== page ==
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Better Practices

Kubernetes Tutorial: Your Complete Guide to Deploying an App on AWS with Postman

Use Postman to learn Kubernetes and deploy an app on an AWS cluster

  • Brief Overview on containers
  • Kubernetes
  • Creating a Kubernetes cluster
  • Accessing the Kubernetes API from Postman
  • Authorizing Postman Collection
  • Deploy an app
  • Pod
  • Deployment
  • Expose your app
  • Service
  • Clean up
  • What next?

Prerequisites

Familiarity with REST APIs is a prerequisite. In addition you also need to do the following:

  • Install and configure AWS ALI to configure credentials
  • Install eskctl,a command utility to interact and create the cluster on EKS
  • Install kubectl, a command-line utility to work with Kubernetes clusters
  • Clone Github repository containing .yaml files required in upcoming sections
  • Create your Amazon Cluster IAM role to access the cluster
  • Setting up Amazon EKS cluster VPC
Deploy with Amazon EKS and Kubernetes API Template

A brief overview of containers

Are you familiar with the “But it works on my machine” problem? A lot of times your application doesn’t perform as it does in your local environment. It may be because the production environment has different versions of the libraries, a different operating system, different system dependencies, etc. Containers provide you with a sustainable environment because your application now runs in a box (container) that includes all dependencies required by your app to run and is isolated from other applications running in other containers. They are preferred over virtual machines (VMs) since they use operating system-level virtualization and are lighter than VMs. Docker can be used as the container runtime.

Benefits of containerization

Enter Kubernetes

Each app/service now runs in a container, so there can be a separation of concerns. Services don’t need to be intertwined with each other, and a microservices architecture works best with containerization. We have established why the world is moving towards containers, but who is going to manage these containers and how do you roll out a release? How do you run health checks against your services and get them back up if they are failing? Kubernetes automates all of this for you. You can easily scale up and scale down your services with Kubernetes.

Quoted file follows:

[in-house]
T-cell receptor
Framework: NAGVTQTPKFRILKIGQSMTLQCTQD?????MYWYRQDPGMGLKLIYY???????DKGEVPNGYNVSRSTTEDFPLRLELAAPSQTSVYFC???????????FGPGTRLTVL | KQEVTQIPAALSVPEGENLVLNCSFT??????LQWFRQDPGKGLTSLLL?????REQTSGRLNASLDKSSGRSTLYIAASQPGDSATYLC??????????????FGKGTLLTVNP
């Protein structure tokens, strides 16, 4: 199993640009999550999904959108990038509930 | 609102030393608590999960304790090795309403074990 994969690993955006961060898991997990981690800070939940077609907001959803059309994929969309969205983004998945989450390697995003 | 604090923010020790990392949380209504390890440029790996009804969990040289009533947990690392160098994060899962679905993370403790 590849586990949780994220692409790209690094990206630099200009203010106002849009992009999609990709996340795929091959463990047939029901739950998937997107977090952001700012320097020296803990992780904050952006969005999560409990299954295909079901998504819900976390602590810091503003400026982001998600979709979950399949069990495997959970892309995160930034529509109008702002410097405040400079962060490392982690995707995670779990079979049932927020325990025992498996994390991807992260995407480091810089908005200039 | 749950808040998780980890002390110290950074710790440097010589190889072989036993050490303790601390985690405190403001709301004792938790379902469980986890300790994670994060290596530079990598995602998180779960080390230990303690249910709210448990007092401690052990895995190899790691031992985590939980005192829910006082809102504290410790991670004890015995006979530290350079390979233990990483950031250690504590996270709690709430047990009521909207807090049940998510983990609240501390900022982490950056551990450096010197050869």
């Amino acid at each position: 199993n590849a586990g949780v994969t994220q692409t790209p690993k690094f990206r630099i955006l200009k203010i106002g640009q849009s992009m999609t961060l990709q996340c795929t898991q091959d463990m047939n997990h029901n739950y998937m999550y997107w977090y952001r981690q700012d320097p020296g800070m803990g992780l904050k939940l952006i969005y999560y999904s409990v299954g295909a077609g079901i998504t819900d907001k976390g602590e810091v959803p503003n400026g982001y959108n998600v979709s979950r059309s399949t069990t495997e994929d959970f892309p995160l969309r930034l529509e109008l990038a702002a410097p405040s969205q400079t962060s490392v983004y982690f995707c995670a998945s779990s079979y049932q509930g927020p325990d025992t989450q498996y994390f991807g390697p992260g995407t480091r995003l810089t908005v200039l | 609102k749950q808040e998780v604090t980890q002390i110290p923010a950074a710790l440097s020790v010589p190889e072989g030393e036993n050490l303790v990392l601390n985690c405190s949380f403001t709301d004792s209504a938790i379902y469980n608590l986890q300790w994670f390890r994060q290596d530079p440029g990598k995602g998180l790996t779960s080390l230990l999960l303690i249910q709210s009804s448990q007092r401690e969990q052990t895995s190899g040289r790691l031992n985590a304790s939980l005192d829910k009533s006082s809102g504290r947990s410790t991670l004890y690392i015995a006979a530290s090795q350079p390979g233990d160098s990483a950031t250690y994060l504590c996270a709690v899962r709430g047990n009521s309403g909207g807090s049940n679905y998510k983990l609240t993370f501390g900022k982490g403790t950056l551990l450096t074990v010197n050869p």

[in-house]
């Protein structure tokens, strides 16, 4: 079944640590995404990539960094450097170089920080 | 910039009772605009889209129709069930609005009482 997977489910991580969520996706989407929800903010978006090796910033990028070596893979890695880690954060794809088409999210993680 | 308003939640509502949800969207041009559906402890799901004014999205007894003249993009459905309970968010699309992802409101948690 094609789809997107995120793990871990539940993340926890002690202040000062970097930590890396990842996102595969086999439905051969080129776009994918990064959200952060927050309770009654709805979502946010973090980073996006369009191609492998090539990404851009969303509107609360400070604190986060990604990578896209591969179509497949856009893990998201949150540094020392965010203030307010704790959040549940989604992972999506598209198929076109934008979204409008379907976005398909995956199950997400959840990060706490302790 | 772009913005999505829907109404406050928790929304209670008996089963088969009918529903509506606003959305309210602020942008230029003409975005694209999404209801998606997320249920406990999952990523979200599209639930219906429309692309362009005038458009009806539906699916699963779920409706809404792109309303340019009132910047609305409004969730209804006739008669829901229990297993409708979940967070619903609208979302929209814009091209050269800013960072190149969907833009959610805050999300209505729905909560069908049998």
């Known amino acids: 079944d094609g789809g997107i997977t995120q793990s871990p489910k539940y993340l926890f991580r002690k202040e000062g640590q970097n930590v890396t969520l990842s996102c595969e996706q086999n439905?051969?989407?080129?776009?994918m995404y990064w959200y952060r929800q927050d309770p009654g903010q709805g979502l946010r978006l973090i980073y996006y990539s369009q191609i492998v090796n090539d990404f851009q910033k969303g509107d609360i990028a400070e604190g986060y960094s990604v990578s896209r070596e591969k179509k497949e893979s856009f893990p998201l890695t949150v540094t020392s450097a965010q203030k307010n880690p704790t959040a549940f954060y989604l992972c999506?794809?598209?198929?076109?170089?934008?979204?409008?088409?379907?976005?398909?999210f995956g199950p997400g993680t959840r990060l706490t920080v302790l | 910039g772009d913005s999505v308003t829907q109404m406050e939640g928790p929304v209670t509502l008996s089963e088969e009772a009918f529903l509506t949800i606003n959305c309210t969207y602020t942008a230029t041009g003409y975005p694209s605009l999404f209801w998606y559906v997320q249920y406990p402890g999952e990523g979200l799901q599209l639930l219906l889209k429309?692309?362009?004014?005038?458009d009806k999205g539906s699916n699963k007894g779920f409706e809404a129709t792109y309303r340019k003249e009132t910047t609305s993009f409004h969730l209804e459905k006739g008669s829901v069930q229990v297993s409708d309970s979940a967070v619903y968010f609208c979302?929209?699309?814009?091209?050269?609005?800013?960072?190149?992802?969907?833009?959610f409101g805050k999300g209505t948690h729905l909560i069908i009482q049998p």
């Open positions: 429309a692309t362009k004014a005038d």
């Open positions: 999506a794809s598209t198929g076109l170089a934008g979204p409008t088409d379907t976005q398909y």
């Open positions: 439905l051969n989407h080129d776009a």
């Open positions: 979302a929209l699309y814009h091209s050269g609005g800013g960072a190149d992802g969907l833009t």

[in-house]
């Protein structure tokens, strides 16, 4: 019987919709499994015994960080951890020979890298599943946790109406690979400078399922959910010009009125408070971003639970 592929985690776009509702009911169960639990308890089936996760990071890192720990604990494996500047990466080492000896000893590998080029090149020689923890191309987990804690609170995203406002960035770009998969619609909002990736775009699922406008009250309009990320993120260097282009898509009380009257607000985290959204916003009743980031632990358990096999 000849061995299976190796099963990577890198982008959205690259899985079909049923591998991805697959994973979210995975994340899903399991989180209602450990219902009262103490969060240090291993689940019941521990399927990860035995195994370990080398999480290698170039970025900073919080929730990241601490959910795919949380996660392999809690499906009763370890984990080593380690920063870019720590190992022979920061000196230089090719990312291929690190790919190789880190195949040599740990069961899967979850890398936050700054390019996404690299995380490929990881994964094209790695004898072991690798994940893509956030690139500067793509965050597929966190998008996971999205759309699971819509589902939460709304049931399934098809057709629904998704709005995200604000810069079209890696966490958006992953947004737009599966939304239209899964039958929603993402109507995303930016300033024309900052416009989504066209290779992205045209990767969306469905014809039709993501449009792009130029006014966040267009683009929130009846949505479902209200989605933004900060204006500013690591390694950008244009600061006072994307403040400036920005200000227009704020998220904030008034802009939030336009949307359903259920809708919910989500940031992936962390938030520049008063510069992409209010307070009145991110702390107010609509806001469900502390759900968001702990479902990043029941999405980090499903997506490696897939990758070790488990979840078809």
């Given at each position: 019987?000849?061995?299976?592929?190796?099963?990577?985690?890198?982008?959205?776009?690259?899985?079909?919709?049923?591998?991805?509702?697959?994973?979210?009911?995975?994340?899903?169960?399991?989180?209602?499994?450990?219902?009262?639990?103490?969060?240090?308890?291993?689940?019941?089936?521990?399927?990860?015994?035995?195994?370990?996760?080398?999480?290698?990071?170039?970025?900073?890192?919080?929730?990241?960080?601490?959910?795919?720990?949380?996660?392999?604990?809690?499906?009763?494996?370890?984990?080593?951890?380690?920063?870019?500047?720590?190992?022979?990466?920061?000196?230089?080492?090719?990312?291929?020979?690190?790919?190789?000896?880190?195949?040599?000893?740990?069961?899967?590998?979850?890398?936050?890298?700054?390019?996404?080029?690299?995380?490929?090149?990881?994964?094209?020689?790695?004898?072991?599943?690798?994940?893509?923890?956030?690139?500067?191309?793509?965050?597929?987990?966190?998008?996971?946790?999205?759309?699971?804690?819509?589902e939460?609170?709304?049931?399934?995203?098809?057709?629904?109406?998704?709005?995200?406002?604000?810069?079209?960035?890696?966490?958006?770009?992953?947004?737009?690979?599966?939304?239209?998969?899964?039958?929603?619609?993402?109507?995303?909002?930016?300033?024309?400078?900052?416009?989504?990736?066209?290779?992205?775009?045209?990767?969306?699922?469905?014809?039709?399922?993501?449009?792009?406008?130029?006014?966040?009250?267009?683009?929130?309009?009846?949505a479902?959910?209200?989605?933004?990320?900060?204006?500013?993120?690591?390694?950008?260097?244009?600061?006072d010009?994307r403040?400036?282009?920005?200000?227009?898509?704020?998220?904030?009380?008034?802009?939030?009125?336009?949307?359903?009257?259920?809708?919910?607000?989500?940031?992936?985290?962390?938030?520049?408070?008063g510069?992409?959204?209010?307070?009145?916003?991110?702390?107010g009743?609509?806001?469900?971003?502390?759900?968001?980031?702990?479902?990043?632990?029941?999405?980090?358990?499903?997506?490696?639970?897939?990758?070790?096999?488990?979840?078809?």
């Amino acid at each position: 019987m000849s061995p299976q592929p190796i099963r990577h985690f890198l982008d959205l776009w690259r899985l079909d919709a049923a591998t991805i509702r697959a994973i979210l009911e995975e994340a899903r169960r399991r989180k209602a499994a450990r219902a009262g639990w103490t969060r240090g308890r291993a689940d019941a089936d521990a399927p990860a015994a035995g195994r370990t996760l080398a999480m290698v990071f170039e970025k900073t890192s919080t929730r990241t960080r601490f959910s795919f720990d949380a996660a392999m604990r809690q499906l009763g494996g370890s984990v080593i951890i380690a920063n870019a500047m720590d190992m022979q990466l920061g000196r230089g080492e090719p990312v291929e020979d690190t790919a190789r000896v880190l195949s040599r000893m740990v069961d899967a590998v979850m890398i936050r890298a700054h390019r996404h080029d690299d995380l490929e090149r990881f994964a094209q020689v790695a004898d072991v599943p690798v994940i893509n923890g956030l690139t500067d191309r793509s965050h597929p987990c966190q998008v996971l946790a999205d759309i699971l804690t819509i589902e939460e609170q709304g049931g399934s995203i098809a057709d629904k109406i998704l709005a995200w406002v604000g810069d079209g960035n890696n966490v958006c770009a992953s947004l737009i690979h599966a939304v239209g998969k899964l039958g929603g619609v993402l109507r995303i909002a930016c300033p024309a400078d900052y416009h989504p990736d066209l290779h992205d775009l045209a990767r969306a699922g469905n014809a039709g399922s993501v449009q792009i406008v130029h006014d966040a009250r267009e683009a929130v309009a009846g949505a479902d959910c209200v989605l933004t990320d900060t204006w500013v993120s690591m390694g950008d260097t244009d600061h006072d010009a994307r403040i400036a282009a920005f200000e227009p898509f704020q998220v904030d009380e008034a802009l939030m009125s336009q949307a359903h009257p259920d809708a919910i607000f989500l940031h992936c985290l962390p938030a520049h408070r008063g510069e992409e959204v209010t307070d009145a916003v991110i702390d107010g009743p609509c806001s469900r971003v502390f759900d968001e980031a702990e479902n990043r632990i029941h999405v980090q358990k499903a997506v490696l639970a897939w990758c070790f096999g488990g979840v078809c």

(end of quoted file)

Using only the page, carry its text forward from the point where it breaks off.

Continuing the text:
Container orchestration in Kubernetes

Creating a Kubernetes cluster

Assuming you have followed the steps in the prerequisites section, you should have eksctl installed. Follow the steps below to create a Kubernetes cluster.

eksctl get cluster --region us-east-1
apiVersion: eksctl.io/v1alpha5
kind: ClusterConfig
metadata:
name: playground
region: us-east-1
nodeGroups:
- name: ng-1
instanceType: t2.small
desiredCapacity: 2
eksctl create cluster -f cluster.yaml
~/.kube/config
kubectl get nodes

Accessing the Kubernetes API from Postman

Next, we require a service account to communicate with the Kubernetes API. The service account is authorized to perform certain actions, including creating deployments and listing services by attaching it to a cluster role.

kubectl create serviceaccount postman
kind: ClusterRole
apiVersion: rbac.authorization.k8s.io/v1beta1
metadata:
name: postman-role
rules:
- apiGroups: ["apps", ""] # "" indicates the core API group
resources: ["pods", "services", "deployments"]
verbs: ["get", "watch", "list", "create", "update", "delete"]
kubectl apply -f role.yaml
kubectl create rolebinding postman:postman-role --clusterrole postman-role --serviceaccount default:postman
  • Bearer Token
  • CA Certificate
kubectl describe serviceaccount postman
kubectl get secret <secret-token> -o json
# Extract the token from the Secret and decode
TOKEN=$(kubectl get secret <secret-token> -o json | jq -Mr '.data.token' | base64 -d)
# Extract, decode and write the ca.crt to a file
kubectl get secret <secret-token> -o json | jq -Mr '.data["ca.crt"]' | base64 -d > ca.crt
API server endpoint of Kubernetes cluster on Amazon EKS

Authorizing the Postman Collection

1. Assuming the collection is already imported as part of the prerequisites, select the Manage Environments button on the top right, and edit the following:

Environment variables for AWS environment
Adding authorization to a collection
Adding CA Certificates to access Kubernetes APIs